There Might Be Snakes!
Today we bring you a special blog post written by Marilee Pierce Dunker. Marilee is the daughter of World Vision founder Bob Pierce and a dedicated advocate for women and children around the world. She has spoken at several Women of Vision chapter events and regularly leads Women of Vision conference calls focused on prayer.
I don’t do snakes. As a small child I can remember opening a picture book and there was a picture of a snake. The very sight of it sent a chill of horror through my body and I slammed the book shut. The book was never touched again!
In His wisdom God gave me daughters who picked flowers and collected stickers, rather than sons who might be tempted to hide jars of slimy, slithering creatures under their beds. And while I have lived nearly my entire life in the snake friendly hills of Southern California, I can honestly say that I have only happened upon one living garden snake whom, I am sure, was as startled as I was. I must have jumped 6 feet in the air and broken the 60 sec mile in my sprint for home!
I accepted long ago that this aversion is just one of the many things God included when He wove me together in my mother’s womb. Blond hair. Green eyes. Loves chocolate. Hates snakes.
So you can understand my concern when Bob and I were invited to come to the snake-infested jungles of Southern Sudan for a World Vision pastors’ conference in 2007. We were meeting with thirty Dinka pastors who were struggling without formal education or training to bring the Gospel to thousands of refugees returning to rebuild their villages after twenty-eight years of ethnic cleansing and civil war. I had no doubt that we were to go. But a niggling little thought kept rattling in the back of my head: there might be snakes!
I had been to Africa and Asia many times with World Vision and never been afraid. But this time we were going to be living in a mud hut with a straw roof in the middle of the jungle. Snakes love straw!
When we arrived at the World Vision compound in Thiet, Bob and I were taken to our hut. I was relieved to see that every opening had been carefully covered with fine screening and the thatched roof had been lined with thick plastic sheeting. Unless snakes ate plastic or used wire cutters, we were safe!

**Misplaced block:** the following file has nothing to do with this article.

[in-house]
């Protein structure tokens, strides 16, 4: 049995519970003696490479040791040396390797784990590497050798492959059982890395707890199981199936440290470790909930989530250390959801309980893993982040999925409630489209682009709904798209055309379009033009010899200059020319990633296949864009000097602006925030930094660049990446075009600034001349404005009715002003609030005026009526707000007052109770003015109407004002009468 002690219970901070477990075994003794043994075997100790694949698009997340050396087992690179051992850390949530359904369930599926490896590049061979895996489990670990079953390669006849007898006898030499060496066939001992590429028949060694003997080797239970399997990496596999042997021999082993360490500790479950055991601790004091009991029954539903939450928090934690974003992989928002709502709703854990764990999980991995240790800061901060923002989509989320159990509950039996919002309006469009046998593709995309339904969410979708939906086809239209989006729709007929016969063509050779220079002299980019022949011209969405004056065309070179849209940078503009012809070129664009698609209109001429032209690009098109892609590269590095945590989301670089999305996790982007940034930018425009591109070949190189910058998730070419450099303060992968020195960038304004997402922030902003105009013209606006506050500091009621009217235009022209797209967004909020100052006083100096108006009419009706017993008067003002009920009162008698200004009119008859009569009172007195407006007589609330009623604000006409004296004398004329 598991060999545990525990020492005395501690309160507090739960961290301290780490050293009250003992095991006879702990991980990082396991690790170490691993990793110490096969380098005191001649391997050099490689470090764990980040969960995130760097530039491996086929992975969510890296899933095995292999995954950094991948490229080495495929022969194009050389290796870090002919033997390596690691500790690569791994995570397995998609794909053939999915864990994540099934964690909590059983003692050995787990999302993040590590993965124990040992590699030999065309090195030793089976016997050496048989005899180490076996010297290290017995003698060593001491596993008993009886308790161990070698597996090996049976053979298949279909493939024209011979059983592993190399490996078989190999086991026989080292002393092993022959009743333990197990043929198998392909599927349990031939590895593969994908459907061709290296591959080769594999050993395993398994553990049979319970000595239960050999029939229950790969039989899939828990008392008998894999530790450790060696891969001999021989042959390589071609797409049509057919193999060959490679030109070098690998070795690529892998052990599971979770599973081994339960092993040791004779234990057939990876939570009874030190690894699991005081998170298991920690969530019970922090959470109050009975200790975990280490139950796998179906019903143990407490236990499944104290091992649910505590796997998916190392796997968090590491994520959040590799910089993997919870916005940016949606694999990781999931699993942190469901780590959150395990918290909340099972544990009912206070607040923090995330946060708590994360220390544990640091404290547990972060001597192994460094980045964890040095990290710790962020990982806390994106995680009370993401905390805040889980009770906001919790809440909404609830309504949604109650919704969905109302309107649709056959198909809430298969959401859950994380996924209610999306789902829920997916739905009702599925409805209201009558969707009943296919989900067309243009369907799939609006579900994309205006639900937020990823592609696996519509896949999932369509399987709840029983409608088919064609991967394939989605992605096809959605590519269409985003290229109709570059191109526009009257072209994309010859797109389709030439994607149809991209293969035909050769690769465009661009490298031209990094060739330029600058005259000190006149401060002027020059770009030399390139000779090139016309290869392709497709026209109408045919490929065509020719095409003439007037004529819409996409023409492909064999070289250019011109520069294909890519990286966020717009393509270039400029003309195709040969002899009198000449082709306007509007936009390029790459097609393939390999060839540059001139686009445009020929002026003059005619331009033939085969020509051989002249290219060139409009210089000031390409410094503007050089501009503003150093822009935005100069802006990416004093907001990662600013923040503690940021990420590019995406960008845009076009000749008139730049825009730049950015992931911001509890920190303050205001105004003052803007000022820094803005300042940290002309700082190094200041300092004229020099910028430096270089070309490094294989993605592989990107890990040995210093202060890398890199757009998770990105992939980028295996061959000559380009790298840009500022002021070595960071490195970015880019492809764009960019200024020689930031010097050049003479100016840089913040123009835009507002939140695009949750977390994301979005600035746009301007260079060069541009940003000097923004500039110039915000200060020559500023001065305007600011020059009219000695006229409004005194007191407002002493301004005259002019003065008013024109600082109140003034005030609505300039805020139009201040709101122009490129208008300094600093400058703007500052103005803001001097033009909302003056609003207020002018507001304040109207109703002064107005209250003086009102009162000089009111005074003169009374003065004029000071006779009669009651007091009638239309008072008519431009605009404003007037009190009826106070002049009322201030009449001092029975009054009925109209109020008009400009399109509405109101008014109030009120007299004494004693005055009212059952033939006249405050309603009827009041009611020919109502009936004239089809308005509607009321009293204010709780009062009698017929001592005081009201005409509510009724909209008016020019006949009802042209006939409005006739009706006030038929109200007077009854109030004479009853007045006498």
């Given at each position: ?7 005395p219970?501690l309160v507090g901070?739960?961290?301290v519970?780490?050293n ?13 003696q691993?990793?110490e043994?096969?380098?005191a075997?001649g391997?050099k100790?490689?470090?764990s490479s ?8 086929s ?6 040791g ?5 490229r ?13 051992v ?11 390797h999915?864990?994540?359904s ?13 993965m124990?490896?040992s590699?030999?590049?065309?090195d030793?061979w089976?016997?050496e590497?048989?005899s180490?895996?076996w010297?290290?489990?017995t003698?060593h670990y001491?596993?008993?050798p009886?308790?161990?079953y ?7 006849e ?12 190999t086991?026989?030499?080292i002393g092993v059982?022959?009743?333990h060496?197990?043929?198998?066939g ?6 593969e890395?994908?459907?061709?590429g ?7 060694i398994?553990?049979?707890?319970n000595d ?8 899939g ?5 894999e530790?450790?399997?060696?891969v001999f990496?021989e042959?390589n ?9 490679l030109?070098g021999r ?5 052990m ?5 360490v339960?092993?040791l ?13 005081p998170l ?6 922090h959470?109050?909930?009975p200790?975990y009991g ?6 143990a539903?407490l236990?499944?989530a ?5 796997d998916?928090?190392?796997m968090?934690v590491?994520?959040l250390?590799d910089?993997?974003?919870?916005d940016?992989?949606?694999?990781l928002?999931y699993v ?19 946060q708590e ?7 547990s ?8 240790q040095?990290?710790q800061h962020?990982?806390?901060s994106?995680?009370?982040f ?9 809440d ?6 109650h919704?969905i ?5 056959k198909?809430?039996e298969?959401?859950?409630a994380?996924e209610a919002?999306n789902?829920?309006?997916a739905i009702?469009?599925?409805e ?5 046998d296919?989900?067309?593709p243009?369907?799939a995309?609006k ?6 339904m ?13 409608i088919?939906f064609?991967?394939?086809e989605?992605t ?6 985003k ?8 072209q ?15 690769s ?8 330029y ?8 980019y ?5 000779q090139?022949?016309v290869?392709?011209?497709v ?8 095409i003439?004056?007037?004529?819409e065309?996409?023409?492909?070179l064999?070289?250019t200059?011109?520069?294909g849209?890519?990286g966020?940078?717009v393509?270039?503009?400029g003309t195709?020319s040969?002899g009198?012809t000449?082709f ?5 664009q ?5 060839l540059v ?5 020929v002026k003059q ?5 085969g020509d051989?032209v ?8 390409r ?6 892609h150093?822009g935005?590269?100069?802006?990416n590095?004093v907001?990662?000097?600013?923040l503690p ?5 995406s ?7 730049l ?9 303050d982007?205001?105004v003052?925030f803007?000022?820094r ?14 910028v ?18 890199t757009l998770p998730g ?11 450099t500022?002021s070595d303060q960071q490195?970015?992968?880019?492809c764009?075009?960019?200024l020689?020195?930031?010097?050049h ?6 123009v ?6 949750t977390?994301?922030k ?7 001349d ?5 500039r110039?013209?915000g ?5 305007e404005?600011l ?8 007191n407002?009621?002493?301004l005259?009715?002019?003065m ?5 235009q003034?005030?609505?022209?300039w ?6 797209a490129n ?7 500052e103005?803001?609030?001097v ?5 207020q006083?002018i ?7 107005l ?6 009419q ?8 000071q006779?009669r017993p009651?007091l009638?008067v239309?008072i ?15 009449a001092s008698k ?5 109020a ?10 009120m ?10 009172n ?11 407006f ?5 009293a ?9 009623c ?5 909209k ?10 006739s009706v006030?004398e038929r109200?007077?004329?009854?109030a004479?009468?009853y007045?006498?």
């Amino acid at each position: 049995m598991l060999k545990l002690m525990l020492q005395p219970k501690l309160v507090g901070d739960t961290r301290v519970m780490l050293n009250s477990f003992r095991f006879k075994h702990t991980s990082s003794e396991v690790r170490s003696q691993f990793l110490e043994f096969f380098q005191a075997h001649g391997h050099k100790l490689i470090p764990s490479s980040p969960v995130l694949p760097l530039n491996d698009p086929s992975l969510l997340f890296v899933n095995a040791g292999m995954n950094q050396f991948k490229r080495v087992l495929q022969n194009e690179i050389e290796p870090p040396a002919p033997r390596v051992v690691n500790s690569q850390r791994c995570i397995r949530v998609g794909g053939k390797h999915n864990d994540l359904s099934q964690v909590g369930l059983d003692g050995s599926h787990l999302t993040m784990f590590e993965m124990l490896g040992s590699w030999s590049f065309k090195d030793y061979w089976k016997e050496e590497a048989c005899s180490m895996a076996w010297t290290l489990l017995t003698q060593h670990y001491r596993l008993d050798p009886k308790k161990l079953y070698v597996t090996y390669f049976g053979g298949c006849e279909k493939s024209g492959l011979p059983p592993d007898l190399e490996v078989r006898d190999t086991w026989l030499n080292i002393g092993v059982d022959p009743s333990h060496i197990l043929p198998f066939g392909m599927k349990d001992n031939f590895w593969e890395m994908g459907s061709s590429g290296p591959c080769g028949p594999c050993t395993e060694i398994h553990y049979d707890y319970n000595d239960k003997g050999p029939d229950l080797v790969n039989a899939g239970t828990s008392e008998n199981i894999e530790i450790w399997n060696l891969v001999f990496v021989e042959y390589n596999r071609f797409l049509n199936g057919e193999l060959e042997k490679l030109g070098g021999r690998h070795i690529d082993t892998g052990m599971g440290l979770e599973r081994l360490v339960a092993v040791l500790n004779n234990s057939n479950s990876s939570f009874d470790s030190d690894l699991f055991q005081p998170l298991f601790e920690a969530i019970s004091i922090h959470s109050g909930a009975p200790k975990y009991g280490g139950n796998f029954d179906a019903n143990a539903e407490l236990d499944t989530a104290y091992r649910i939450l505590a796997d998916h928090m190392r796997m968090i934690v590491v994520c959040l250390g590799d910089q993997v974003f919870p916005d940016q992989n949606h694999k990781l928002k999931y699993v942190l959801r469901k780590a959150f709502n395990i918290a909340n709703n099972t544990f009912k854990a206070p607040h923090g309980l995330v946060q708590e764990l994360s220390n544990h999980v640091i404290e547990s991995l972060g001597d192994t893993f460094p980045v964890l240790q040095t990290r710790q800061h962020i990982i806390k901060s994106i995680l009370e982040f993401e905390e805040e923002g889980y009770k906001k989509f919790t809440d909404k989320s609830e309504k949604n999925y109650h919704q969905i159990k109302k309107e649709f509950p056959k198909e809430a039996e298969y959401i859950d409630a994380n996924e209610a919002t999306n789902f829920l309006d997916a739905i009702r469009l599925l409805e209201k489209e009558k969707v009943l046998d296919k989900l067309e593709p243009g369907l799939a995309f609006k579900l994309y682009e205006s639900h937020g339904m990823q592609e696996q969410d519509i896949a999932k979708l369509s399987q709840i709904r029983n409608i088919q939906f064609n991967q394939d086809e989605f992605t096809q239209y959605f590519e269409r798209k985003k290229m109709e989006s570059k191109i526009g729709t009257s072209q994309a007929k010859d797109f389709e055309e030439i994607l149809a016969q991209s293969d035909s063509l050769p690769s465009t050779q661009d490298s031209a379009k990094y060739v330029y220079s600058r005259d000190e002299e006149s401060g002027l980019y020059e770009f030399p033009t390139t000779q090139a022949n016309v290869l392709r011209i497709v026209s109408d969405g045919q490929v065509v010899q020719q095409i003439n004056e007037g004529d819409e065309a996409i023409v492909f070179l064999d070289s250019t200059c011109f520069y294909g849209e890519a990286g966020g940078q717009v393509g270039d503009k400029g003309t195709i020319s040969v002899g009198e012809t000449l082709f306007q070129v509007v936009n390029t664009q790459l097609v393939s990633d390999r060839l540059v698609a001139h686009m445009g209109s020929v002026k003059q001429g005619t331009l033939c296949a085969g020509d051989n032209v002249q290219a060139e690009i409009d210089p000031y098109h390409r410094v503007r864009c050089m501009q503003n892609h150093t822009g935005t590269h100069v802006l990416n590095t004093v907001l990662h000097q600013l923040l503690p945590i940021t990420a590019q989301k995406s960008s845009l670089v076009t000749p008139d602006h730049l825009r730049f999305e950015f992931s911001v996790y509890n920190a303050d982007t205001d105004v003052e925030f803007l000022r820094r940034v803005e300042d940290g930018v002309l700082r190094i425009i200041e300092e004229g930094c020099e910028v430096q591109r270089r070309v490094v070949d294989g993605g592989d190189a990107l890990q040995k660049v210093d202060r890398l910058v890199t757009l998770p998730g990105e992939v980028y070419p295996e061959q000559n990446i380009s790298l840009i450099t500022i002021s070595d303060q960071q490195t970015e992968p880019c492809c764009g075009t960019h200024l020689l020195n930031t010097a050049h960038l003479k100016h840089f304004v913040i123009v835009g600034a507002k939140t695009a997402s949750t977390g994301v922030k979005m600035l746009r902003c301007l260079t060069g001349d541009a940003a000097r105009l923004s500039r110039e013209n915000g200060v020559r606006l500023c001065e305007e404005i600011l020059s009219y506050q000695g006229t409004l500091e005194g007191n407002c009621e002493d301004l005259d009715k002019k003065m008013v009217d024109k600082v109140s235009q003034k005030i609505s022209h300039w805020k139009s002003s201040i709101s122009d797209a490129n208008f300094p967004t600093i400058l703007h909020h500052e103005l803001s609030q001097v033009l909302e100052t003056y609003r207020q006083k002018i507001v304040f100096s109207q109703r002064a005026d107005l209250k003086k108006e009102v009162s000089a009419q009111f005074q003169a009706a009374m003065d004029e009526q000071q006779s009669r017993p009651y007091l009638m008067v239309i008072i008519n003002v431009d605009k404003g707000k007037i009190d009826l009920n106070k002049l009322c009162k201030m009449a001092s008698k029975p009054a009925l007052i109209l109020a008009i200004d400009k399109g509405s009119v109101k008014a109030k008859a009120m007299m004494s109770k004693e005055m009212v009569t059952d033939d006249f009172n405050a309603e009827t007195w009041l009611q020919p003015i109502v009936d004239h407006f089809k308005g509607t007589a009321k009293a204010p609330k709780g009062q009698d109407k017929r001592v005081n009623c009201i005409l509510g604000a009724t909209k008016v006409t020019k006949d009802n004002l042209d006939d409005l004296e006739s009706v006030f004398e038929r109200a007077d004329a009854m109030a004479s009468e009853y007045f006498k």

As the daylight began to wane, our hostess showed us around the rest of the compound. “You should have been here this morning,” she innocently shared as we approached the food tent. “We found a twelve-foot snake thicker than my arm curled on the table!” She laughed as though she had shared something humorous. Bob took one look at my face and quickly changed the subject.
“So is that the latrine?” he asked, pointing to a couple of outhouses off to the side. After our long trip, we were both in desperate need of a bathroom.
“No. We had to move the latrines out of camp after they got too full,” she said with a wrinkle of her nose. “It is much better now that they are set off on the other side of that field.”
She walked us over to an opening in the fence and pointed to a sea of thick, thigh-high grass that seemed to go on forever! A narrow trail had been trampled out, ending at two woodsheds marked “man” and “woman.”
In all of my life, I do not remember experiencing paralyzing fear but I did that day. My feet came to the edge of the field, stopped and took root. My head said “move.” My feet said “no.” My need for the bathroom was urgent! But my fear was greater.
Then I heard Bob’s voice in my ear. “It’s all right. I’ll go first. Step where I step and we’ll get there together.” I watched him step onto the trail and fixed my eyes on his feet. When he moved, I moved.
In Deuteronomy 31 the children of Israel were finally preparing to cross the Jordon into the Promise Land. Their snakes were literal giants and their fear had paralyzed them for 40 years! But God said through Moses in verse 6, “Be strong and of good courage, do not fear nor be afraid of them; for the Lord your God, He is the One who goes with you. He will not leave you nor forsake you.”
God used Bob that day to help me understand that courage comes when I look to Jesus and hear Him say, “It’s all right. I’ll go first. Step where I step and we’ll get there together.”